Contributions to traditional 401(k) or 403(b) plans are made through regular paycheck withholding and offer a direct dollar-for-dollar reduction to total taxable income. Another version of these plans, the Roth 401(k) or Roth 403(b), doesn't provide any upfront tax benefit but does allow for tax-free withdrawals later on.

If an employer-sponsored plan isn't available to you, consider a traditional IRA instead. Your contributions will be made with pre-tax dollars, resulting in a direct reduction to your taxable income for the year and ultimately to your total tax liability.

For 2022, your contributions cannot exceed $6,000 ($6,500 in 2023), with an additional $1,000 allowed for those age 50 and above. As with a 401(k) and 403(b) plans, there is also a Roth IRA, without any immediate tax benefit.

Profit From Investment Losses

Selling off investments that declined in value since you purchased them can also help you reduce your tax liability for the year. This is a strategy that is often referred to as tax-loss harvesting. These investment losses can be written off against your investment gains or other income up to a certain limit each year. The Internal Revenue Service (IRS) sets this limit to $3,000 or $1,500 if you're married filing separately.

What's more, any amount you can't use in the current year can be carried forward to future years, reducing your taxes then, as well. Conversely, it can be beneficial to delay selling an appreciated asset and avoid being taxed on your gain, especially in a year when your taxable income is already high.

For more about these and other strategies for reducing your tax bill, it's often a good idea and well worth the money, to consult a CPA or other knowledgeable tax pro.

Donate to Charity

Making contributions to qualified charitable organizations can also reduce your taxes only if you itemize deductions on your tax return and don't take the standard deduction. Contributions can be in the form of cash or goods, such as used household items. However, any donation that has a value exceeding $250 requires a receipt to be a valid deduction.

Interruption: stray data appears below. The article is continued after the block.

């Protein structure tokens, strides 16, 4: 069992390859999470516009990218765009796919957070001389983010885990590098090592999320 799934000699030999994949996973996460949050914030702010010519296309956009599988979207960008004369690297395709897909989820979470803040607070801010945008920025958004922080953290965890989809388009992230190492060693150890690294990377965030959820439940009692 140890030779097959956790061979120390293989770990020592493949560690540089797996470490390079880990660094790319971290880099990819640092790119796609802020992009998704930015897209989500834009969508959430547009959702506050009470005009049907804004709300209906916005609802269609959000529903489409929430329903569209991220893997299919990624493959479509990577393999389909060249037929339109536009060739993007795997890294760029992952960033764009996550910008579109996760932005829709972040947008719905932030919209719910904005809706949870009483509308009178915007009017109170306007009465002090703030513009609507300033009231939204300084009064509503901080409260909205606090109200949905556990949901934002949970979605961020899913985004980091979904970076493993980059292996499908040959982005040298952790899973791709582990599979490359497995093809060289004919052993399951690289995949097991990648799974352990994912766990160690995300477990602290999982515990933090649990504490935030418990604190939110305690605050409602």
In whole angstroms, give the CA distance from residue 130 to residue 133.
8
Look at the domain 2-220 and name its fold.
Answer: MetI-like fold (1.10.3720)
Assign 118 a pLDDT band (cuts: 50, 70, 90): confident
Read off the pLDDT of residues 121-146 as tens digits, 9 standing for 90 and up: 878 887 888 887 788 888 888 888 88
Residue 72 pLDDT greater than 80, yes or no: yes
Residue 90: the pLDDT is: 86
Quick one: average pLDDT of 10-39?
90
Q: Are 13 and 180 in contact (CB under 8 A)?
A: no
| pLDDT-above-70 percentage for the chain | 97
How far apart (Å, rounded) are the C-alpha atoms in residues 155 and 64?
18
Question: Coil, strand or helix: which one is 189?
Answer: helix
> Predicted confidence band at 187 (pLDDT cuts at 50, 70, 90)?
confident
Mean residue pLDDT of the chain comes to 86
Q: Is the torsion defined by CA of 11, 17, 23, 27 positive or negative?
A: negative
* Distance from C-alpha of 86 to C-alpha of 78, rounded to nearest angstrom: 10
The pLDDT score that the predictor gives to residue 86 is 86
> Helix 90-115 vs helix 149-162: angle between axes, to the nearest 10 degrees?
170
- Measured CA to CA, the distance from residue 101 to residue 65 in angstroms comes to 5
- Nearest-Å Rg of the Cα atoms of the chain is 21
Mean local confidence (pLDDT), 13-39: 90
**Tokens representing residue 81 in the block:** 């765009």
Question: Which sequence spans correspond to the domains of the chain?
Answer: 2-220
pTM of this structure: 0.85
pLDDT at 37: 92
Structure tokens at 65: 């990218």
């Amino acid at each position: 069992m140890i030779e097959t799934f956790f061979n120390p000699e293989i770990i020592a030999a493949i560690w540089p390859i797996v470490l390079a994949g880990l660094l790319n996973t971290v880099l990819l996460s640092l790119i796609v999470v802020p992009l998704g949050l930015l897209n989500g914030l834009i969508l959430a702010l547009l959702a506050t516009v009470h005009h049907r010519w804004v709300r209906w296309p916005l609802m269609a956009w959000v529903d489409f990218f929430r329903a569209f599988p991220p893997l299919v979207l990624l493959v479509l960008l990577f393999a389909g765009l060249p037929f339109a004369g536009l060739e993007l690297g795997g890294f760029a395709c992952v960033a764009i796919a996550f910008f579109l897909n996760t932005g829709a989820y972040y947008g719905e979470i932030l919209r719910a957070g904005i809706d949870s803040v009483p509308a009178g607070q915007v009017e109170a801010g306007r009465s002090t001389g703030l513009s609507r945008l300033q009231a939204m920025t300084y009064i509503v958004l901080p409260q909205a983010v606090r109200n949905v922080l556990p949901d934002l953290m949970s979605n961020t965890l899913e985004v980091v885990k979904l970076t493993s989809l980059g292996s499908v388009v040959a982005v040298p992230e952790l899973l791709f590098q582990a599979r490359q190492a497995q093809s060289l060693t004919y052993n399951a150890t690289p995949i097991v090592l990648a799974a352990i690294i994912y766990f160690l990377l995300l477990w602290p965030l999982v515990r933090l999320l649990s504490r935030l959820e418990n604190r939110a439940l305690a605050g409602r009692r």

If you do itemize and take the deduction for charitable donations, you can take a deduction of up to 60% of your adjusted gross income (AGI) for qualifying cash donations as long as they are made to qualified charities.

Advisor Insight

Mark Struthers, CFA, CFP®
Sona Financial, LLC, Minneapolis, MN

If you’re in a high-deductible health insurance plan, you can open a health savings account (HSA). Contributions and distributions are tax-free when used for medical expenses. The same goes for 529 Plans used for educational expenses. Taxes on the interest earned by Series EE savings bonds can be deferred for 30 years, or until you redeem them. You can avoid taxes on appreciated assets by gifting them to someone, within gift-tax limits. Whenever possible, hold heavily taxable assets in tax-deferred retirement accounts. Just make sure you are not passing up good investment choices or strategies just to avoid giving the IRS its due. Many clients will cut their tax bills to the detriment of sound financial planning. That's the tax tail wagging the investment dog.